EPSA gave Path 4 conditional support. “The challenge will be to define those resource attributes (e.g., flexibility) or externalities (e.g., carbon emissions) that should be integrated into the wholesale market, and then to develop a mechanism to value those qualities in a resource-neutral manner,” EPSA said, adding that it “is confident that, if these objectives can be identified, the ISOs/RTOs and market stakeholders can establish workable and efficient means to integrate these objectives into competitive market structures.”
APPA also gave a qualified endorsement, saying it could result in “an efficient means of achieving environmental or other policy goals if it were limited to a single price adjustment, such as a carbon tax or adder.” The group said it would only support this “achieve” approach “if it were done along with and not as a replacement to an accommodation of state policies or a move to a voluntary residual capacity market.”
AWEA said Path 4 is its first choice and would allow the markets to “better value the benefits and externalities of renewable energy that are not being currently captured.”
It also expressed concern that the five paths could tread on state sovereignty, asking FERC to consider carbon pricing. “Since there is currently no real conflict between state-supported renewable energy resources and wholesale markets, nor has there been one over the decades for which these policies have been in place, there is no basis for the commission to suddenly upset this balance by infringing upon state sovereignty and undoing the intent of state laws that seek to promote renewable energy.”
The Brookfield “CLPR Coalition” said Path 4 is preferable to Path 2. It asked FERC to issue a policy statement directing the RTOs to submit “achieve” solutions to the commission in the near term and requiring them to file quarterly reports on their progress.
Opponents include the Natural Gas Supply Association, NRECA, TAPS and the large New York customers, the last of which said they were skeptical that it could be implemented effectively and benefit customers.
ELCON said the proposal would be the “most prone to abuse” of the alternatives. “It would fail in real-world conditions because some states would not respect market-based solutions. They would concoct attributes that are not realistically fungible or tradable for the purpose of selectively internalizing externalities or for socializing the costs of command-and-control mandates.”
AEMA said FERC should allow RTOs and stakeholders to develop solutions but not force them to file proposals. “Pricing state policy into energy and ancillary markets, through mechanisms such as carbon adders, raises several controversial issues. Capacity market solutions are not plagued with such controversial questions, and if the commission were to direct ISOs to pursue both capacity and energy market solutions simultaneously, it would slow the progress of the capacity market solution,” AEMA wrote.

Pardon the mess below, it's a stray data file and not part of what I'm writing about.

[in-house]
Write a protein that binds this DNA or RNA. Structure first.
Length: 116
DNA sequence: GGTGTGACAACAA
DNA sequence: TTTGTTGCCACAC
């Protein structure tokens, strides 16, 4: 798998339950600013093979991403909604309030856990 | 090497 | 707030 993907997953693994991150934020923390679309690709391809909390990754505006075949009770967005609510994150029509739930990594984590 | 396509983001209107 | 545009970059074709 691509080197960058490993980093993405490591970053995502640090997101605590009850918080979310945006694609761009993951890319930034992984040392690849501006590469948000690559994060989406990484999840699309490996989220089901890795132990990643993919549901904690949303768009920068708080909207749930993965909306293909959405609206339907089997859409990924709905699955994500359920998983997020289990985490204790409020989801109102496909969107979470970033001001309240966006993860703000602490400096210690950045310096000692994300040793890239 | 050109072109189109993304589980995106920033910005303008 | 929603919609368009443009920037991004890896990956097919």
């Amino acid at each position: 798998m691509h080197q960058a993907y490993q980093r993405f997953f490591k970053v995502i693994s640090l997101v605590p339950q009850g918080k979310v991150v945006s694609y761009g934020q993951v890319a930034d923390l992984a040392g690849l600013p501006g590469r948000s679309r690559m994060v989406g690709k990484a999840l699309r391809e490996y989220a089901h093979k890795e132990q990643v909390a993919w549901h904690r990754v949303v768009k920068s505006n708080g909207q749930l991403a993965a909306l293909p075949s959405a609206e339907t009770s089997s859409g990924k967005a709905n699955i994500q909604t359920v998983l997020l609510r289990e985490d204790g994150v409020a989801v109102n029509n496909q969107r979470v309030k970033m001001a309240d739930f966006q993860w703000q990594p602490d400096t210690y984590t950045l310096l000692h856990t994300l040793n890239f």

Economist James F. Wilson said the commission should set a long-term goal “of seeing more revenues from the energy and ancillary services markets, and eventually phasing out the capacity constructs, or converting them to voluntary mechanisms, recognizing the changing nature of `resource adequacy.’
“The energy and ancillary services markets hold the potential to efficiently guide the changing resource mix over time, including incorporating public policy objectives such as decarbonization that presently are not reflected in the markets; the capacity constructs cannot do this,” Wilson continued. “Reducing the role of the capacity constructs will require resisting the frequent pressures to change them in ways that raise capacity prices and/or lead to clearing substantial excess capacity.”
Cliff Hamal, managing director of Navigant Economics, said “the most fundamental assumption” underlying capacity markets — setting capacity prices based on the cost of building new gas-fired generation — may no longer be valid. “What if policy options, such as those that promote low-carbon resources and demand reductions have eliminated the need for regular additions of gas-fired generation? A case could be made that we have already reached that point, or might do so in the near future. If so, the fundamental basis for setting capacity prices through the net-[cost of new entry]-based demand curve auction is no longer valid.”